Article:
Cleromancy - A form of divination by means of dice. Sometimes the term was used to denote any method of divination involving the throwing of small objects similar to dice, like pebbles, beans, small sticks or bones; anything, in short, suitable for lots. This method of divination was common in Rome (usually consecrated to the god Mercury, regarded as the patron of this type of divination) and Egypt.

Coscinomancy - Also known as Coskiomancy. A form of divination similar to Cleidomancy, but using a hanging sieve instead of a key. Another method also employed a pair of tongs or shears besides the sieve, which were supported upon the thumb nails of two persons, who look at each other, or the nails of the middle finger may be used. This type of divination was usually used to discover thieves and criminals in general. It is said (Potter's Greek Antiquities) that "a thread was tied to the sieve by which it was upheld, or else placed a pair of shears, which they held up by two fingers, then prayed to the gods to direct and assist them; after that they repeated the names of the persons under suspicion, and he or she, at whose name the sieve whirled round or moved, was thought guilty."

Critomancy - Also known as Crithomancy, it is form of divination by the study of barley cakes in hope of drawing omens from them. The paste of cakes which are offered in sacrifice, is closely examined, and the sought for answers are drawn from the flour which is spread upon them.

Cromniomancy - A form of divination by the significance of omens drawn from the color, smell, direction and form of onion sprouts.

Crystalomancy - Also known as Crystal Gazing; it can also be spelled Crystallomancy. A very ancient form of divination by means of transparent bodies such as a crystal globe (either spherical or oval, most used among modern crystal gazers), polished quartz and precious stones (especially a beryl), or indeed any transparent object. In some cases, a pool of water was used, although this method is also known as Hydromancy. It was held that those who had the gift, by gazing fixedly and deeply into a polished crystal ball, could see what would happen in the future or what was actually happening elsewhere. To gaze into the crystal ball is to see into the future, to seek inspiration to answer questions.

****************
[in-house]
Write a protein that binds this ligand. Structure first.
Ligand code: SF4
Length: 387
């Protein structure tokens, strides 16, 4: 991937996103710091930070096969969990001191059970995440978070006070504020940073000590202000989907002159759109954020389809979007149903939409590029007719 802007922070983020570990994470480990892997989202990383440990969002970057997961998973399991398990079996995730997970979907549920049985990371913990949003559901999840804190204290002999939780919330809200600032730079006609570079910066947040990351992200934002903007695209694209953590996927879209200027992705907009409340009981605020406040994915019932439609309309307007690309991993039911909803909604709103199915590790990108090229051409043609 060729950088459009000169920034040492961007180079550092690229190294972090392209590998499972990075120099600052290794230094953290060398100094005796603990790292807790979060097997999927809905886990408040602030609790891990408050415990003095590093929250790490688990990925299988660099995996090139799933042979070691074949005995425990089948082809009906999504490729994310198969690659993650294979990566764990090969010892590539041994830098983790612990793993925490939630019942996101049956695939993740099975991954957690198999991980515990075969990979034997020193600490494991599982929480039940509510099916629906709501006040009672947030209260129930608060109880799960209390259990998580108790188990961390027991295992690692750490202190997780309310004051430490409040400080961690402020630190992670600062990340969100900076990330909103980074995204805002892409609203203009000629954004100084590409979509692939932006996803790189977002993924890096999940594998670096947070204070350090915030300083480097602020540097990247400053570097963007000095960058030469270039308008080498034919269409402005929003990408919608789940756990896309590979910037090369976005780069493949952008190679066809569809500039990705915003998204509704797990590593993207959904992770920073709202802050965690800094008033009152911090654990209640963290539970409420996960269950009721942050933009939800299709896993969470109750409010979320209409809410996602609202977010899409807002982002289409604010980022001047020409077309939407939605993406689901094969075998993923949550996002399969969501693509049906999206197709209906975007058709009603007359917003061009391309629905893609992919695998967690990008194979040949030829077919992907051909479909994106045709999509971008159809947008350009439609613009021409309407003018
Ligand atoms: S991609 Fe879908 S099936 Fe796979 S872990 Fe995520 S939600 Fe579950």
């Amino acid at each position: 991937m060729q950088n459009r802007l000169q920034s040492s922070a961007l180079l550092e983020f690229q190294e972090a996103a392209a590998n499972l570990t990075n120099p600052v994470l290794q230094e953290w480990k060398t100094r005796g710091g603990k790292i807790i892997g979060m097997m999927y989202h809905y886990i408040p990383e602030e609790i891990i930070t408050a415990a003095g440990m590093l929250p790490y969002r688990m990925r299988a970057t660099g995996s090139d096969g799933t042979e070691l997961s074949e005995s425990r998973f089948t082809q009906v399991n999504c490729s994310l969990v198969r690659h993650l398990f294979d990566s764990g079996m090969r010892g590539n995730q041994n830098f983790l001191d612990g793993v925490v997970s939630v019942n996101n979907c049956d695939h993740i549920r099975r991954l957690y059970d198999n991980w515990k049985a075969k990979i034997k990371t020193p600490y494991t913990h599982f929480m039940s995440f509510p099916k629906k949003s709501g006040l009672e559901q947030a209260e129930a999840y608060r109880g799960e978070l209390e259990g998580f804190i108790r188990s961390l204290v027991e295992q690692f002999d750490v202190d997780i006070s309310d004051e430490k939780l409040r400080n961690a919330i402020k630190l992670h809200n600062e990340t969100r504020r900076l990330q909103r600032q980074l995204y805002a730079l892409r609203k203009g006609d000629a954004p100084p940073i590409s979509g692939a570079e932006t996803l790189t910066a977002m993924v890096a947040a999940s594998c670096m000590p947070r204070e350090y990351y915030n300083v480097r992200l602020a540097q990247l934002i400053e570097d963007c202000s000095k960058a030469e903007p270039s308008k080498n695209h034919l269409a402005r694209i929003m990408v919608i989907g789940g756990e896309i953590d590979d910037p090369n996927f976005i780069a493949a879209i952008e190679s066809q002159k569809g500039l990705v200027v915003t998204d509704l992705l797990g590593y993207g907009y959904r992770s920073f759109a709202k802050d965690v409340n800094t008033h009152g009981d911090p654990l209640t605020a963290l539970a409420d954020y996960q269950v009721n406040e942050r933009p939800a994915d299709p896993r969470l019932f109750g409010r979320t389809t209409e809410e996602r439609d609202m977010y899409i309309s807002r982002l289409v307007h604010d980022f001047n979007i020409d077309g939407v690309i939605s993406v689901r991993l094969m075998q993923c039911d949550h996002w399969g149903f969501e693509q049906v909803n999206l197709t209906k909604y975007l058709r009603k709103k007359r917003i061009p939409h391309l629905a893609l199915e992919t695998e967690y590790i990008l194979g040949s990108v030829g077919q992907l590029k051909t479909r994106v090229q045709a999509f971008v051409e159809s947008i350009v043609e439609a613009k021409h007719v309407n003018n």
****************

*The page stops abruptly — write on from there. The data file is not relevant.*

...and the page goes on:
Cyclomancy - A form of divination by the significance of omens drawn from the turning or spinning of a wheel or wheels.

Dacryomancy - A form of divination, in this case by tears and/or crying.

Dactyliomancy - Also called Dactylomancy, it is derived from the Greek dakterlios ('finger ring') and manteia ('divination'), and it is applied to a number of methods of divining the future with the aid of rings. Sometimes a ring is used as a pendulum, at other times it is dropped into a bowl of water, its position at the bottom determining the prediction or the response to a formulated question. The inside bottom of the bowl may contain a special pattern to aid in the prognostication. A variation to this would be to dangle a ring by a thread in a vessel filled with water and shake; the amount of times it hits the vessel's wall determines the prediction. Another method used the pendulum over an Ouija board or over letters laid out on a table, and depending on the direction the ring swung, the answers were spelled out. Still another method, for which no detailed account is available, was practiced using gold, silver, copper, iron or lead rings. They were to be placed on the finger-nails in certain planetary conjunctions; it was said that wedding rings were ideal for this purpose. Dactyliomancy is thought to be one of the earliest forms of Radiesthesia.

Daphnomancy - This method of divination required listening to the noise made by laurel branches crackling in an open fire. The louder the crackles, the better the omens. If crackles were absent, the prognostic was bleak. Daphnomancy is a type of Pyromancy.